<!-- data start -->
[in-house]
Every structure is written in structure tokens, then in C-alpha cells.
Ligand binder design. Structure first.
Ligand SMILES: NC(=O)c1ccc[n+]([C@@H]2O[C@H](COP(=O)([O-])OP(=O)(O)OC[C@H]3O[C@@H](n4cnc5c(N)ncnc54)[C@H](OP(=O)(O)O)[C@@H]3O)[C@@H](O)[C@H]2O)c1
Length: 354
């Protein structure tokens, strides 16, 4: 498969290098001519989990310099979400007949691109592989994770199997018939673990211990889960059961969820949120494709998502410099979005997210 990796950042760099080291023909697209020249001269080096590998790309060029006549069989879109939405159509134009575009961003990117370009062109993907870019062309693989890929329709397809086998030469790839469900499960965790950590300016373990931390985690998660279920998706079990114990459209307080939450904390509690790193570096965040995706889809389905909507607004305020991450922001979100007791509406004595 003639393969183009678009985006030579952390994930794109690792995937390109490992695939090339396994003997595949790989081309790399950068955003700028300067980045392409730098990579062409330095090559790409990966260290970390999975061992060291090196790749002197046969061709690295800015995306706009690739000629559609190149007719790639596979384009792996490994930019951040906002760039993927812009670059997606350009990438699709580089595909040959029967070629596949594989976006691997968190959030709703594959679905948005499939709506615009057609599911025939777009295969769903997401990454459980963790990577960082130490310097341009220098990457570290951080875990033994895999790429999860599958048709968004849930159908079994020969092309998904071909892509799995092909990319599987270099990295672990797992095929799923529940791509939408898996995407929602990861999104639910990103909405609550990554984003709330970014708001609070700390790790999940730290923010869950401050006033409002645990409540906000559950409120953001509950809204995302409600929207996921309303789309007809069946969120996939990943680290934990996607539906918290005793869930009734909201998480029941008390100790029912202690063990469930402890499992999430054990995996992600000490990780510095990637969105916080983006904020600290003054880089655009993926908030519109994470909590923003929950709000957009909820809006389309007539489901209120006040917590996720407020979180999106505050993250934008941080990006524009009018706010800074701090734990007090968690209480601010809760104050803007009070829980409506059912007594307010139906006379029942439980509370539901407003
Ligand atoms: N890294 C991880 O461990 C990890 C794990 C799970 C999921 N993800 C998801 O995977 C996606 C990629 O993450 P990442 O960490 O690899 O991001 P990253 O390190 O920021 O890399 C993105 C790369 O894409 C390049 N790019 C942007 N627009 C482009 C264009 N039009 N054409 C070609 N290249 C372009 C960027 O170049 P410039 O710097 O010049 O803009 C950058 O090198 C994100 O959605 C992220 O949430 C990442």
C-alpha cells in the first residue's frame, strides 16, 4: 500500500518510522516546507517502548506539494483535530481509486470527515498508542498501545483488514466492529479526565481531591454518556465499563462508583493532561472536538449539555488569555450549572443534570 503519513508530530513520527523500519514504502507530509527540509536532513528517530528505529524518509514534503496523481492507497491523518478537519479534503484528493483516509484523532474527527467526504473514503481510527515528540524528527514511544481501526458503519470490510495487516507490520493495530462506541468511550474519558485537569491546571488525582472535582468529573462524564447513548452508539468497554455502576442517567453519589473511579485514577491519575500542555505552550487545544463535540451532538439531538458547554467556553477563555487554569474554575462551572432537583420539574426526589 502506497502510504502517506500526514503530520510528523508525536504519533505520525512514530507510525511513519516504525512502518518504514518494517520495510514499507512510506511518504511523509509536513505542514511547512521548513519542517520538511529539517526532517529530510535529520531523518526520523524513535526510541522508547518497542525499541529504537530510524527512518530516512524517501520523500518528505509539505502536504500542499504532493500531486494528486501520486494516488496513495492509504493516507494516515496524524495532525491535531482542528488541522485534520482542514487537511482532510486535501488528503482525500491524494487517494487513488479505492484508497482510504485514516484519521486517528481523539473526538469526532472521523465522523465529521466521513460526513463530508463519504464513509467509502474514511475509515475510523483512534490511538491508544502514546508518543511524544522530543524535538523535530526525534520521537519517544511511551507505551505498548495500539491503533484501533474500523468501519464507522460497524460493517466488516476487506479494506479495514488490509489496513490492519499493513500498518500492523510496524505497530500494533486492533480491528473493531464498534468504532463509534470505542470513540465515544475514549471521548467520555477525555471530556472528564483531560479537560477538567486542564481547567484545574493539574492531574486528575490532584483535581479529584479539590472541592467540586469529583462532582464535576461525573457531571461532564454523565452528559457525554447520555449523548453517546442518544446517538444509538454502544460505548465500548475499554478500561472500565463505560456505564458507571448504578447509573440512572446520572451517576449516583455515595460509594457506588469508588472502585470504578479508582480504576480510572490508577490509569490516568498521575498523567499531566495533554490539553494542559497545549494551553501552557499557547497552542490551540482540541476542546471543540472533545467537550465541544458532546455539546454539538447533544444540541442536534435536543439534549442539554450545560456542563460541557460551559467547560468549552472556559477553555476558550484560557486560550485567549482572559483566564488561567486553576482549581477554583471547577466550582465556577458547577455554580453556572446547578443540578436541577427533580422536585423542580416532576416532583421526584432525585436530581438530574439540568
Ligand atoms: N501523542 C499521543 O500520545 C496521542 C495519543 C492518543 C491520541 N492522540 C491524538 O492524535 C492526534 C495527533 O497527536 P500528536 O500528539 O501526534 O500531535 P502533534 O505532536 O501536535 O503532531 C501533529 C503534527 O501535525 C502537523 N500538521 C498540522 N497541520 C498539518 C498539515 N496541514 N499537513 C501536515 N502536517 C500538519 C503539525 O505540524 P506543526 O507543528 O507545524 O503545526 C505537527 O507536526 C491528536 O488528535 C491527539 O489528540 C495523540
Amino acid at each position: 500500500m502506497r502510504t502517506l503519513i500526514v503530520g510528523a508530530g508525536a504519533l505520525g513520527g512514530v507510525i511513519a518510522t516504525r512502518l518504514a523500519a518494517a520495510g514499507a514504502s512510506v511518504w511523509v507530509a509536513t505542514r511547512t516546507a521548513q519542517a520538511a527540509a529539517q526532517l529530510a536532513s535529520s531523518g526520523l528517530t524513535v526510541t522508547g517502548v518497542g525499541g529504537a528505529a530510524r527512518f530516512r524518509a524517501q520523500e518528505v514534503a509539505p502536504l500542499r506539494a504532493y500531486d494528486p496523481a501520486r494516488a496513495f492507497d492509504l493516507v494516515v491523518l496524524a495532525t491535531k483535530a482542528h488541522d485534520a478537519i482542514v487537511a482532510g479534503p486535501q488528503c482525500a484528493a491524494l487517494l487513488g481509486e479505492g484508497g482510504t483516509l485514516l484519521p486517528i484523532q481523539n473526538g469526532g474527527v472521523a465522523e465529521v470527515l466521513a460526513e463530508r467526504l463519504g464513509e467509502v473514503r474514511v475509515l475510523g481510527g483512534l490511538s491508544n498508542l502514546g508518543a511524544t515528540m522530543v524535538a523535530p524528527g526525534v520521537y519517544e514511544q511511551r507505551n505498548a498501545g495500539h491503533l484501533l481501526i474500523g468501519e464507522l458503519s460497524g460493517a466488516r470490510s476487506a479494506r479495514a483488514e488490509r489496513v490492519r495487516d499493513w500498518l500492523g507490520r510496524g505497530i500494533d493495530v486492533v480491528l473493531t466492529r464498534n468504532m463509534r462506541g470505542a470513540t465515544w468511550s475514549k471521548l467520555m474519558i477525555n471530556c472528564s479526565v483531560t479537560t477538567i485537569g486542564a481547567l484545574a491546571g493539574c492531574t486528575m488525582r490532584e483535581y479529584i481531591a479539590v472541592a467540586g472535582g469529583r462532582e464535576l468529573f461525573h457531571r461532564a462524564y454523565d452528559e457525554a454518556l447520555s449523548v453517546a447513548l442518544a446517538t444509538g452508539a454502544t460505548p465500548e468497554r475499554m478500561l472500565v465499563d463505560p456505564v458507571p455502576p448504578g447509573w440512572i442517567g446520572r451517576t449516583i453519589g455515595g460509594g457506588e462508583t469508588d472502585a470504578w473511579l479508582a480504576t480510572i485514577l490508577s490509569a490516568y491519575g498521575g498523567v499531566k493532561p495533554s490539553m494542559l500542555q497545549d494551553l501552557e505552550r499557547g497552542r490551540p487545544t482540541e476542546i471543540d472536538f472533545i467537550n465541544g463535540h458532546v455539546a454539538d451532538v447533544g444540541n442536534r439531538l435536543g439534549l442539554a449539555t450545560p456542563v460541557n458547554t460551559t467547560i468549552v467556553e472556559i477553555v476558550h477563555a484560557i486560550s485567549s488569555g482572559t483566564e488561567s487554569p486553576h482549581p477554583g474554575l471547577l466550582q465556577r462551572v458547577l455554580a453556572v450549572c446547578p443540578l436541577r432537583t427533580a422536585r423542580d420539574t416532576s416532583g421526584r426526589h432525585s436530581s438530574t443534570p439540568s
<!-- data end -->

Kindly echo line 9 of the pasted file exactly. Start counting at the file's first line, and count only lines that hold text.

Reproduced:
Ligand atoms: N501523542 C499521543 O500520545 C496521542 C495519543 C492518543 C491520541 N492522540 C491524538 O492524535 C492526534 C495527533 O497527536 P500528536 O500528539 O501526534 O500531535 P502533534 O505532536 O501536535 O503532531 C501533529 C503534527 O501535525 C502537523 N500538521 C498540522 N497541520 C498539518 C498539515 N496541514 N499537513 C501536515 N502536517 C500538519 C503539525 O505540524 P506543526 O507543528 O507545524 O503545526 C505537527 O507536526 C491528536 O488528535 C491527539 O489528540 C495523540